While many nonprofit employees go into the sector because they feel strongly about certain causes, those charitable efforts aren’t enough to keep them at your organization long term. Much like you focus on donor retention, you also have to develop a plan for employee retention to ensure your team feels satisfied coming to work each day and upholding your mission.
The best way to keep employees around is to foster a positive nonprofit work environment. When people feel respected and supported in the workplace, they’re more likely to come to work empowered to put their best foot forward.
In this article, we’ll go over five tips to help your nonprofit nurture a flourishing work environment to keep employee engagement and retention high. Let’s get started!
1. Show your employees you appreciate them.
When you establish an employee appreciation program, you show your employees that you’re dedicated to recognizing their hard work and commitment to your cause. Double the Donation’s guide to employee engagement tools recommends using software applications specifically intended for employee recognition in order to streamline the process.
One tool they recommend is eCards. While you may think of eCards as something people send to their friends and family on special occasions, they function equally well as tokens of appreciation in the workplace. Sending a quick eCard to congratulate a team member on the project they just completed or applaud them on upholding company values can brighten that employee’s day and carry more meaning than informal recognition methods.
2. Provide opportunities for advancement.
People don’t often enter the workforce to stay in the same position forever. Most employees want to learn, grow, and eventually receive a promotion for their hard work.
Help your employees develop leadership skills that they can take with them throughout their careers. For example, you may have an employee without a leadership position start leading team meetings. That way, they can practice presiding over others and work on their communication skills.
You can also help employees advance in the workplace by encouraging them to dive into nonprofit resources such as books, podcasts, or online courses. There’s always something new to learn about the nonprofit sector, and with that knowledge, your employees will be better equipped to take on leadership roles.
Additionally, look into industry-relevant panels and conferences that your team members can attend so they can learn more about nonprofit topics that interest them. These experiences will allow them to take control of their own career development, increasing feelings of workplace satisfaction.
3. Encourage team members to get to know each other.
When employees know each other, they work better together, causing a boost in morale and performance for your nonprofit. Plus, it makes the workplace more enjoyable when people know their coworkers on a more personal level.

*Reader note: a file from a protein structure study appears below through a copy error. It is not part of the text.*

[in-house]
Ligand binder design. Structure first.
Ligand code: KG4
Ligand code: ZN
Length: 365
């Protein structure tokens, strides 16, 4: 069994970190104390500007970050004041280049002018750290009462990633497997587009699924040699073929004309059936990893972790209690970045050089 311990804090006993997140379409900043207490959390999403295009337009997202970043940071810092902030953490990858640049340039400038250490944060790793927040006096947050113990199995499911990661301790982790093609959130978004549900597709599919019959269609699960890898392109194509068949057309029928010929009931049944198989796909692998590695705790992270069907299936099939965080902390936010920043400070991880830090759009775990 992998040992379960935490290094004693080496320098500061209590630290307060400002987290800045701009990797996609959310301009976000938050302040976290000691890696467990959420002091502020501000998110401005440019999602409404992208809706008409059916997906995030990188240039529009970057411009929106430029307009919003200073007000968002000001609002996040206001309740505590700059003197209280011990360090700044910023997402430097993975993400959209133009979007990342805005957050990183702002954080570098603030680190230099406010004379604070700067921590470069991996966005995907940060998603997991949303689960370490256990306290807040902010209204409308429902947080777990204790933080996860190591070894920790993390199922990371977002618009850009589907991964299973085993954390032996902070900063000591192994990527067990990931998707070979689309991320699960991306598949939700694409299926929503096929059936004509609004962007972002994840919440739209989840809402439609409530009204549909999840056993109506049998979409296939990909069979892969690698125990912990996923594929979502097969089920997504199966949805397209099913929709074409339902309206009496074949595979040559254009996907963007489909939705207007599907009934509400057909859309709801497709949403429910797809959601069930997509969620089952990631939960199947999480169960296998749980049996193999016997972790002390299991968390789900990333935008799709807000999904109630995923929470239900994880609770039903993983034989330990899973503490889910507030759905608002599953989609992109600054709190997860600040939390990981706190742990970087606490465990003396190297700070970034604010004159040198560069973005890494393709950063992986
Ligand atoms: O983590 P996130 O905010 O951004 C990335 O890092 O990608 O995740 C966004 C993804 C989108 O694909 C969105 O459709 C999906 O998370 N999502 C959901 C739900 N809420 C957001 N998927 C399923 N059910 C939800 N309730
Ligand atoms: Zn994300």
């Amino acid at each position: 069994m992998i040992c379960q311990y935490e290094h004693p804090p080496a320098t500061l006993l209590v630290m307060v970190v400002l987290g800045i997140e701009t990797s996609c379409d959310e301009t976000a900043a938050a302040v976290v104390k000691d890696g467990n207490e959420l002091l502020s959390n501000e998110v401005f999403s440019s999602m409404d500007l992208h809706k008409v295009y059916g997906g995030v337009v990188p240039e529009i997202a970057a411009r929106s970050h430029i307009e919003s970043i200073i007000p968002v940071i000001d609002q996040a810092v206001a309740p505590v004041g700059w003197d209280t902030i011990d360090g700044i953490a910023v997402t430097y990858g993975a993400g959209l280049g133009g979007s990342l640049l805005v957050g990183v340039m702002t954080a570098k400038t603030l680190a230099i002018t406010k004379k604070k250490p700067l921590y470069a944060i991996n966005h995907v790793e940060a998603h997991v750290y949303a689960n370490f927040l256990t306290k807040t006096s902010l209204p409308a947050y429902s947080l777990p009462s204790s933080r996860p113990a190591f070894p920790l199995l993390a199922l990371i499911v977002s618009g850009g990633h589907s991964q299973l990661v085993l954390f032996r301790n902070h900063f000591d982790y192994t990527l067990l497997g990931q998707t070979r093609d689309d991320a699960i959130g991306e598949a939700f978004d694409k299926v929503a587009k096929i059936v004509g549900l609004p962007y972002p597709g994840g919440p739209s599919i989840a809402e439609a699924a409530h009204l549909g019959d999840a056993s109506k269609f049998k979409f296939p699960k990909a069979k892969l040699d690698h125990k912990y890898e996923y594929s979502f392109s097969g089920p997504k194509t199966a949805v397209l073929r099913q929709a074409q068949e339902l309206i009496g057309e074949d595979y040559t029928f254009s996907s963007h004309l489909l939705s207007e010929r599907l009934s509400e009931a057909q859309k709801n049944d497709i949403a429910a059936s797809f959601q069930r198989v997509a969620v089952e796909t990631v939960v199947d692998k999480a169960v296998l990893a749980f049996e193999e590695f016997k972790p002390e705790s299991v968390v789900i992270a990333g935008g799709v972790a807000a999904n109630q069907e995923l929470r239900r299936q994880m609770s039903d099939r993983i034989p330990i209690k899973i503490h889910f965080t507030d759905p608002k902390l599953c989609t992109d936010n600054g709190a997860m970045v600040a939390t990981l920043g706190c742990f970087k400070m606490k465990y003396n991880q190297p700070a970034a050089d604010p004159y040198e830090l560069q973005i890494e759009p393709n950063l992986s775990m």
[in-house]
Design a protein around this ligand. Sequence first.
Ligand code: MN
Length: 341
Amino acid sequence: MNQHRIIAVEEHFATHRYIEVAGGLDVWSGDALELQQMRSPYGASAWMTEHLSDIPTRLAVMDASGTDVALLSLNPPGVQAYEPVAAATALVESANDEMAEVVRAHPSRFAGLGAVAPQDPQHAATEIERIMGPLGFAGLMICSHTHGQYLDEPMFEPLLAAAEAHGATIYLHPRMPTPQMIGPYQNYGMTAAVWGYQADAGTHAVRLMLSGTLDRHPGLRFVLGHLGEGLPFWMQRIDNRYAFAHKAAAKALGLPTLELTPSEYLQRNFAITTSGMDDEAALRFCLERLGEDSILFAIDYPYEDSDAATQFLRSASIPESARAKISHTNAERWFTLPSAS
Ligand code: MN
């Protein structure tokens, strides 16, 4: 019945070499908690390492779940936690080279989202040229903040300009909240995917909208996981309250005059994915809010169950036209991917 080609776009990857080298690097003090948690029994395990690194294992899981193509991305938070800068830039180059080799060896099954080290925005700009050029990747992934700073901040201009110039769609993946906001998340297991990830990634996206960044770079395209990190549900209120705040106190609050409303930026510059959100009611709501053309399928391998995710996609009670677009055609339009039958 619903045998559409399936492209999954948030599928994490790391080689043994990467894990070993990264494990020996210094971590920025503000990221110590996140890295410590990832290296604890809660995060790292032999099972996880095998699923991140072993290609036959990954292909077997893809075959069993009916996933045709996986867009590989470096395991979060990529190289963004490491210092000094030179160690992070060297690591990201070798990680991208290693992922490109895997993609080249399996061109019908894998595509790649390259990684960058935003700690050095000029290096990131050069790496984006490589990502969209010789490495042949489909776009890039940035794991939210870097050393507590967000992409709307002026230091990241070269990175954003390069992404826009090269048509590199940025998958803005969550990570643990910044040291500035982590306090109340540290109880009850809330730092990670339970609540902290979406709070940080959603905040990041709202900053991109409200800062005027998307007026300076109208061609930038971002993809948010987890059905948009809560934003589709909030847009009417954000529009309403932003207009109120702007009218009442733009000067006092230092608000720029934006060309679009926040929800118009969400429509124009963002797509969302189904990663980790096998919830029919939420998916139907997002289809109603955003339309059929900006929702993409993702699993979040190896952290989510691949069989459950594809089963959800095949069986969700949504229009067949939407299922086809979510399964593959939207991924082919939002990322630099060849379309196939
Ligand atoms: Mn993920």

eCardWidget’s guide to workplace culture recommends finding ways to make work more collaborative and get different team members involved. For example, you may have all of your staff members come together to brainstorm ideas for your next fundraising event, even if their department is not typically involved in fundraising. That way, you can encourage cross-team interactions and get new perspectives.
You can also help team members get to know each other by offering social opportunities. Make sure your office has a space where employees can eat lunch together, and consider planning fun office events such as trivia or a holiday potluck where employees can mingle.
4. Listen to employee feedback.
Employees will feel more engaged if they know they have a stake in how the workplace operates. Send out surveys to your team so they can provide feedback on their workplace experience and anything they think could be improved. You’ll likely collect a plethora of innovative ideas that will help you foster that positive work environment you’re trying to build.
It’s also important that employees have dedicated time to speak with their managers. Hold weekly meetings between managers and those who report to them so they can check in with employees and address any questions or concerns. You can also host semi-regular meetings between team members and your nonprofit’s leadership so that everyone on the team can learn more about upcoming initiatives and provide any input they may have.
5. Establish work-life balance norms.
People do their best work when they can take breaks and return to the workplace refreshed. Encourage a positive work-life balance by making sure employees know it’s okay to take time away from their jobs.
Offer a generous paid time off policy that allows people to rest without worrying about how many days they’re taking off. Not only does a sufficient paid time off policy allow employees to take breaks throughout the year, but it will also help in your employee recruitment process as a demonstration of your positive culture.
Another way to provide more flexibility for employees is by allowing them to work from home if possible. Working from home is especially beneficial for employees who are parents because it allows them to be present in the home for their children or take them to and from school without impacting their time in the office. Plus, 98% of people want to work at least a portion of their week remotely, demonstrating that making the switch to a hybrid work schedule could lead to higher employee satisfaction.
When employees feel positive about their workplace, they’re more likely to be productive and stay at their current jobs. Your nonprofit can transform the workplace from somewhere people have to be every day to somewhere people want to be every day by prioritizing the employee experience. As a result, you’ll have employees who are highly engaged and motivated to do the work necessary to support your cause.
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